U.S. Sens. Mark Warner, D-Va., and Pat Toomey, R-Pa., have collaborated on a resolution that aims to recognize the 1,300-mile September 11th National Memorial Trail (NMT). The multiuse trail, first envisioned by Virginian David Brickley just days after the tragedy, is a network of roads and paths that connects the Pentagon Memorial in Arlington, the Flight 93 Memorial in Shanksville, Pa., and the National September 11th Memorial and Museum in New York City.
In the bipartisan resolution released on July 2, Warner wrote, “The September 11th National Memorial Trail provides an opportunity for Virginians to reflect on those we lost and those who sacrificed their lives saving others. I am proud to know that our resolution will recognize this important trail and continue to honor the brave individuals who fought for our freedom. I encourage folks across the commonwealth to take some time to appreciate the trail’s natural beauty and remember America’s heroes and their loved ones.”
Toomey noted, “September 11th, 2001, was one of the darkest days in American history, claiming the lives of thousands of American heroes. Pennsylvania remembers that had it not been for the sacrifice of those who overtook the terrorists on Flight 93, it could have been much worse. In the wake of these attacks, the very best of our country shined through. First responders performed extraordinary acts of valor, communities from across the country donated food, blood and money, and we honored those we lost. The September 11th National Memorial Trail connects key landmarks in a way that helps our country move forward positively and offers solemn remembrance to hallowed grounds.”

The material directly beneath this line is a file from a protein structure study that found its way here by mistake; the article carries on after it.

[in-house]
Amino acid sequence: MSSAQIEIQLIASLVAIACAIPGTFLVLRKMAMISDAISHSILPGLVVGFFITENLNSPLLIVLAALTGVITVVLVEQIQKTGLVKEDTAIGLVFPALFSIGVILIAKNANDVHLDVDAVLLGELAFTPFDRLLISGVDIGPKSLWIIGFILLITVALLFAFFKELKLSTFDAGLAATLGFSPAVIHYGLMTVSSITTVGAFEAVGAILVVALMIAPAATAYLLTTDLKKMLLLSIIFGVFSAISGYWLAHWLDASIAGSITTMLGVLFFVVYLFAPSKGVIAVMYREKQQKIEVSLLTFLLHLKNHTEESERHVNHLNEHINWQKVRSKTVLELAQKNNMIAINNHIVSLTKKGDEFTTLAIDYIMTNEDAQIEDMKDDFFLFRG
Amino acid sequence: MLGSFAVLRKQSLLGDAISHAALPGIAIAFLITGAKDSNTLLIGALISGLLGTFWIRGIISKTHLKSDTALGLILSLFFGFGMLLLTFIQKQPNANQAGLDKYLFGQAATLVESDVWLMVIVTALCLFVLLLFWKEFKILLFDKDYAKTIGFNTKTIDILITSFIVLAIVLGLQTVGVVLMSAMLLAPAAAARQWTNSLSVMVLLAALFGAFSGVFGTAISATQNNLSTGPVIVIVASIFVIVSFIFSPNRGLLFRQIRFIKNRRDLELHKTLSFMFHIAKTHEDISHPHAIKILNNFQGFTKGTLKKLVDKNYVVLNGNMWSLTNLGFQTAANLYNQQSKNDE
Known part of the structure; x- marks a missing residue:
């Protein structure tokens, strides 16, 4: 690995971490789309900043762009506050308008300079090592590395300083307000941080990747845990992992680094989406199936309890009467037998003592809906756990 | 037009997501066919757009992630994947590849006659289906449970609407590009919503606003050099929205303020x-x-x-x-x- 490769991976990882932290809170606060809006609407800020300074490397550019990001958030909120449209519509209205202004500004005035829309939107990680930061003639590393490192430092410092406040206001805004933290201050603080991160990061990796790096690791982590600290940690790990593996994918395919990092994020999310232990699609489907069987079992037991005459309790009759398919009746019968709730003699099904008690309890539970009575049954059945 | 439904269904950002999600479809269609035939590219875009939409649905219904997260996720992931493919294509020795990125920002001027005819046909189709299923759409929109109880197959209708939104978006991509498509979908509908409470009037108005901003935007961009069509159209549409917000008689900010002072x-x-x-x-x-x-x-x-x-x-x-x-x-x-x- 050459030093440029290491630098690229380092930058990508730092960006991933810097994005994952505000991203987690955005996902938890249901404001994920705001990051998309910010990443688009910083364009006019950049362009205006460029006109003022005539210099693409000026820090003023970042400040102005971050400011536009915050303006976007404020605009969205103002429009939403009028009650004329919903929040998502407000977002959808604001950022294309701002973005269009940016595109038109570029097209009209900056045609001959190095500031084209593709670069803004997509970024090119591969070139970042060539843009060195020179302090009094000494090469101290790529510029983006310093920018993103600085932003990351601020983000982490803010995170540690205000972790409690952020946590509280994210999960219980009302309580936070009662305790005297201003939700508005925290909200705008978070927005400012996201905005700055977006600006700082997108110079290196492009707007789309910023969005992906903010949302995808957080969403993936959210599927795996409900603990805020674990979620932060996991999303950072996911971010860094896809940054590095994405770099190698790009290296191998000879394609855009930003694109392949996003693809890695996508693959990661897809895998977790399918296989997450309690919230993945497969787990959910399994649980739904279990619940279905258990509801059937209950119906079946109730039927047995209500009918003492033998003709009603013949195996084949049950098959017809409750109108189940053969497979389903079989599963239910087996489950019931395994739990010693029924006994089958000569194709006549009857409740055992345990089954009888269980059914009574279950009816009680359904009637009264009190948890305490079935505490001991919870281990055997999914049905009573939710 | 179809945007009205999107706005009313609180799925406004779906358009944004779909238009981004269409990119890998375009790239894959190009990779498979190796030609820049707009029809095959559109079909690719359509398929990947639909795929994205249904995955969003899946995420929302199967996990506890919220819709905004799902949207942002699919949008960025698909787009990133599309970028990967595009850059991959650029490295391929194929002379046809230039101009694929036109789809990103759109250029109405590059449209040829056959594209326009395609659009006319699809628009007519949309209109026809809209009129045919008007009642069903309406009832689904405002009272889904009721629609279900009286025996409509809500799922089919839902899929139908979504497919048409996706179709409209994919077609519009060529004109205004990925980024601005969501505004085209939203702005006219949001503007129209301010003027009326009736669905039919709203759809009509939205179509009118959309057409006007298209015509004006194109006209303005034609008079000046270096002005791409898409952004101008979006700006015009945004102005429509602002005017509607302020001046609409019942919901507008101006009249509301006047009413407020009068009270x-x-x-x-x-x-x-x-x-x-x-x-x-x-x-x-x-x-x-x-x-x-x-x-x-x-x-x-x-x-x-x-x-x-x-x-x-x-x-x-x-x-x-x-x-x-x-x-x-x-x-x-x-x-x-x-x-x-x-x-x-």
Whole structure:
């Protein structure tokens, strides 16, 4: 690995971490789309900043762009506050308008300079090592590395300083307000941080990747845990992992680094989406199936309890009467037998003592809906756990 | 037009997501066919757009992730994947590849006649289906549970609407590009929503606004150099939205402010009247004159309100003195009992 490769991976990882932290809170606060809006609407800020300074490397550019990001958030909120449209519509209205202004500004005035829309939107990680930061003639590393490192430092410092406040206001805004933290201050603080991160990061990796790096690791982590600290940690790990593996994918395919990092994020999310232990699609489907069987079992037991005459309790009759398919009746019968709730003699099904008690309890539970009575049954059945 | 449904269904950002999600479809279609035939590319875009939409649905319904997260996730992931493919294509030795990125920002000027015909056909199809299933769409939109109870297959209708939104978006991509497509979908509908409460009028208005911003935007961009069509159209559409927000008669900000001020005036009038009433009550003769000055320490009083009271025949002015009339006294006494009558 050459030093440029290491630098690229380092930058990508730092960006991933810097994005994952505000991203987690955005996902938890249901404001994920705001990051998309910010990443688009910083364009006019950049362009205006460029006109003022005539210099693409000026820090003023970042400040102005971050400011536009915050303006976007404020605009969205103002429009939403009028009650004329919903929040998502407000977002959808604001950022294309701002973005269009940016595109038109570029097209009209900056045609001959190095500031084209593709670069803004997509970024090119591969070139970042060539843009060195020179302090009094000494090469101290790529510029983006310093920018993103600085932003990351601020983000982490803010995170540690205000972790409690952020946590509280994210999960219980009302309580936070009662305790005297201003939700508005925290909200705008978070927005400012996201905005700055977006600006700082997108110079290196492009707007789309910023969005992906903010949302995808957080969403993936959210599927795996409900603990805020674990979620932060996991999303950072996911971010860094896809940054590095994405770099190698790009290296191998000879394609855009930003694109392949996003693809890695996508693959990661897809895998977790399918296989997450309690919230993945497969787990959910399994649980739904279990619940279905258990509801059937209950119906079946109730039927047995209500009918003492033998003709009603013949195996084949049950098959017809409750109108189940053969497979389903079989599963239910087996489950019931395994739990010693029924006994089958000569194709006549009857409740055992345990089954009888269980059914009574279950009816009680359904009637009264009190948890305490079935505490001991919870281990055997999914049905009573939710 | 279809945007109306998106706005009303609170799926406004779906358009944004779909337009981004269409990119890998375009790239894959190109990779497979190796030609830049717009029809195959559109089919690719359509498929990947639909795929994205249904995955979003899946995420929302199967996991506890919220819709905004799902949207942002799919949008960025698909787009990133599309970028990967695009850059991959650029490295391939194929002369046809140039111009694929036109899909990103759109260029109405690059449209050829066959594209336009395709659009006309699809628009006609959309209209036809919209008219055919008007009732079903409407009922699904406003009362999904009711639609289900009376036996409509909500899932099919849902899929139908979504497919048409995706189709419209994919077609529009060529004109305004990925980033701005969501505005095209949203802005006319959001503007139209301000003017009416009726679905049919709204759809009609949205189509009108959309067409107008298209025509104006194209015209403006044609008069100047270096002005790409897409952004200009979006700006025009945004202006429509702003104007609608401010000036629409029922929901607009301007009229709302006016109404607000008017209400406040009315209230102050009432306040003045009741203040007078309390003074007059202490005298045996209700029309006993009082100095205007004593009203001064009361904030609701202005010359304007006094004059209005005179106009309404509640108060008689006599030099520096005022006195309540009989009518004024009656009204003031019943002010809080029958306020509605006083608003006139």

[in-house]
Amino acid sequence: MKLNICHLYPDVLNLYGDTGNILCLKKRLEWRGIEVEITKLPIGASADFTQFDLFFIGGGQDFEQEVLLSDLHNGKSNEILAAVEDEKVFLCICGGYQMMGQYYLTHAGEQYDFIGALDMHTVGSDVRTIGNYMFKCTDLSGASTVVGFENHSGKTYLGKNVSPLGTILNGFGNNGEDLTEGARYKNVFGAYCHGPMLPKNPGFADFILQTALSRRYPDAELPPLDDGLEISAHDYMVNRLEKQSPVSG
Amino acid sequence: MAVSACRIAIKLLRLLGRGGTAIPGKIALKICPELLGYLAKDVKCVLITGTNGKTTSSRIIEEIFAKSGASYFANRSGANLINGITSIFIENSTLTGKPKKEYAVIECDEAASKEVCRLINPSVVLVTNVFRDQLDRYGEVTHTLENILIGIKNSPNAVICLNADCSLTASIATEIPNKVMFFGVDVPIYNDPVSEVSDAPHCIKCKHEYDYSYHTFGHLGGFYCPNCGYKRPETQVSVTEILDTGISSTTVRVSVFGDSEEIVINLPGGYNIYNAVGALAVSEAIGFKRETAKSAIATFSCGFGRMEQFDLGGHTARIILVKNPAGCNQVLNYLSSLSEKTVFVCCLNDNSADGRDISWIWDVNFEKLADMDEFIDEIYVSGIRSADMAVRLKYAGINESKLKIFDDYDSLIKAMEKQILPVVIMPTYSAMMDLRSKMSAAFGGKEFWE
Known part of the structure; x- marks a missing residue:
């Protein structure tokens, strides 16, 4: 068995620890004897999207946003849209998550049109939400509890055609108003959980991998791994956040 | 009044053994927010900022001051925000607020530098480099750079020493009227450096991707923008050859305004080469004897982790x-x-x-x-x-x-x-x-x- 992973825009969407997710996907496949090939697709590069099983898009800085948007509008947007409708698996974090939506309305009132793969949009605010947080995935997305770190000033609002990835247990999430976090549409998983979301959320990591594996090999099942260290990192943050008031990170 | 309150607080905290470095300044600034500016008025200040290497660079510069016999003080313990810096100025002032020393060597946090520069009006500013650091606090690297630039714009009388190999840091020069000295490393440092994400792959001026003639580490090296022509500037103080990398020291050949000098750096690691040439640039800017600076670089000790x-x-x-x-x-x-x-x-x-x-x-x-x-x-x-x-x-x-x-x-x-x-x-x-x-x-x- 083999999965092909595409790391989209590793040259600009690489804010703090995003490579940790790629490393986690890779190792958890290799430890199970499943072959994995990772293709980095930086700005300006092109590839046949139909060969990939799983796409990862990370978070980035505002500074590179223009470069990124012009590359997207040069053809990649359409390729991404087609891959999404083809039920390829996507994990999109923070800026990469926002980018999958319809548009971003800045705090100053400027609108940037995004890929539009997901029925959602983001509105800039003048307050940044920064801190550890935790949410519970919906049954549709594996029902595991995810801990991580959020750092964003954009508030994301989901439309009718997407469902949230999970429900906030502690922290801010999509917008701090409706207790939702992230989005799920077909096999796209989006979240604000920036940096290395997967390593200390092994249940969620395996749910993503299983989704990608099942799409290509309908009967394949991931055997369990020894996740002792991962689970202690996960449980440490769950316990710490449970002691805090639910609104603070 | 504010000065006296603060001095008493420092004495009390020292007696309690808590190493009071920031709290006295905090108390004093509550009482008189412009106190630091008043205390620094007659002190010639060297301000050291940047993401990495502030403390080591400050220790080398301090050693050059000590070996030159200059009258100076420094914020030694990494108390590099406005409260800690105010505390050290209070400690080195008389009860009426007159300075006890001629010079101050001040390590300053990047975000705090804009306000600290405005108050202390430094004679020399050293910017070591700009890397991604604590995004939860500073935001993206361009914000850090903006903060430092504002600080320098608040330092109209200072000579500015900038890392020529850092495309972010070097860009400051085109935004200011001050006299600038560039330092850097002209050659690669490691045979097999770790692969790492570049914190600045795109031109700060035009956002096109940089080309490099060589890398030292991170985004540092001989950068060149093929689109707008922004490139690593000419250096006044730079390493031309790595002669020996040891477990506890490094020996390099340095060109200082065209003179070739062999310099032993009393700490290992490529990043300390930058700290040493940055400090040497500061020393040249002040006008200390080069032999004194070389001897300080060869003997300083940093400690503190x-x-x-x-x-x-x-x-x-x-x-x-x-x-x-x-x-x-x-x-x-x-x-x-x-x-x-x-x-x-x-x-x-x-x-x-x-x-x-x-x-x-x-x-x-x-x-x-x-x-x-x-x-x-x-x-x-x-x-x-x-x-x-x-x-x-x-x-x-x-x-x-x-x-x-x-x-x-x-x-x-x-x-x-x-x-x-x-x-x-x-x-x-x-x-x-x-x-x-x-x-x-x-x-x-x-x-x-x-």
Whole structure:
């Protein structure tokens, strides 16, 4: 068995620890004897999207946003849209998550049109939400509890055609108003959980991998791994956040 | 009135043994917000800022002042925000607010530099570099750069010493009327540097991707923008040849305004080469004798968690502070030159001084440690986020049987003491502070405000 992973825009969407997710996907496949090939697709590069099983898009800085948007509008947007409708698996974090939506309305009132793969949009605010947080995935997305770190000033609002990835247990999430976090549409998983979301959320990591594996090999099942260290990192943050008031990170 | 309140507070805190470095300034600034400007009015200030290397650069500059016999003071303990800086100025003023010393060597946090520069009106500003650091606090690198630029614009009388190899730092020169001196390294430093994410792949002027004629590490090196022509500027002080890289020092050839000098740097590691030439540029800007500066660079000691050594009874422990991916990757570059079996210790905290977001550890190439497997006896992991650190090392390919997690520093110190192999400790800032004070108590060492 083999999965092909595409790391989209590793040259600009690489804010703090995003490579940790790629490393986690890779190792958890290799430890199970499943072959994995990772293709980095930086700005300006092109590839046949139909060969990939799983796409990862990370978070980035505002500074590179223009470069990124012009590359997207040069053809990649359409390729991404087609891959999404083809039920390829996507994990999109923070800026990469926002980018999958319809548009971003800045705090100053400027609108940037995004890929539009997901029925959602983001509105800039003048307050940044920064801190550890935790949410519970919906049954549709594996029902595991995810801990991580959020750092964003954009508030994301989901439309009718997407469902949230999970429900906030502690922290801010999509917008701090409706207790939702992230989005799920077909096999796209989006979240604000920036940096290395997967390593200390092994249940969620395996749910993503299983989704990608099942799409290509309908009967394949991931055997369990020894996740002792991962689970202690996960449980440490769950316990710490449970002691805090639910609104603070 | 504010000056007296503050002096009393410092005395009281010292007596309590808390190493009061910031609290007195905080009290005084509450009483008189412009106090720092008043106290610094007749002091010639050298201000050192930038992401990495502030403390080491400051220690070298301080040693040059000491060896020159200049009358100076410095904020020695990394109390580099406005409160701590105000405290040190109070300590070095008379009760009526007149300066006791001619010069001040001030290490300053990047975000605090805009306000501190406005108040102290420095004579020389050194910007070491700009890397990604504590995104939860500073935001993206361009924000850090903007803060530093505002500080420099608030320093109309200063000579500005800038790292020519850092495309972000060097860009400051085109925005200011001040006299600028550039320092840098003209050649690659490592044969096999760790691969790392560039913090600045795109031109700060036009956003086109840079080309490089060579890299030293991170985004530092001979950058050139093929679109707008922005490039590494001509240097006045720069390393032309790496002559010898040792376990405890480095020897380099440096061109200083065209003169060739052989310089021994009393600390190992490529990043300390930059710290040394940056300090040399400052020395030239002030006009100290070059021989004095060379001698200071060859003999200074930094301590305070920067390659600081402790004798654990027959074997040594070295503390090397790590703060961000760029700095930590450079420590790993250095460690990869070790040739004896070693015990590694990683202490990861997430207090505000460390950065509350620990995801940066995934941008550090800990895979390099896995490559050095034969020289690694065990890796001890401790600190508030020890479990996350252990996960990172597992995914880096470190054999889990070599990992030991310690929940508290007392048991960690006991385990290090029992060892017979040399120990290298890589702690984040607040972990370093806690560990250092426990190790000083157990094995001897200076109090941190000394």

Although the resolution does not authorize federal funding for the trail, it does recognize the importance of the trail and urges all Americans to enjoy it in honor of the heroes of 9/11. Passage of the legislation also will bring publicity to the trail and help developers approach possible donors for the funds necessary for its completion. The senators expect the resolution’s passage before Sept. 11 — 18 years after that horrific day.
Good things happen when senators practice bipartisanship.
— Robin Beres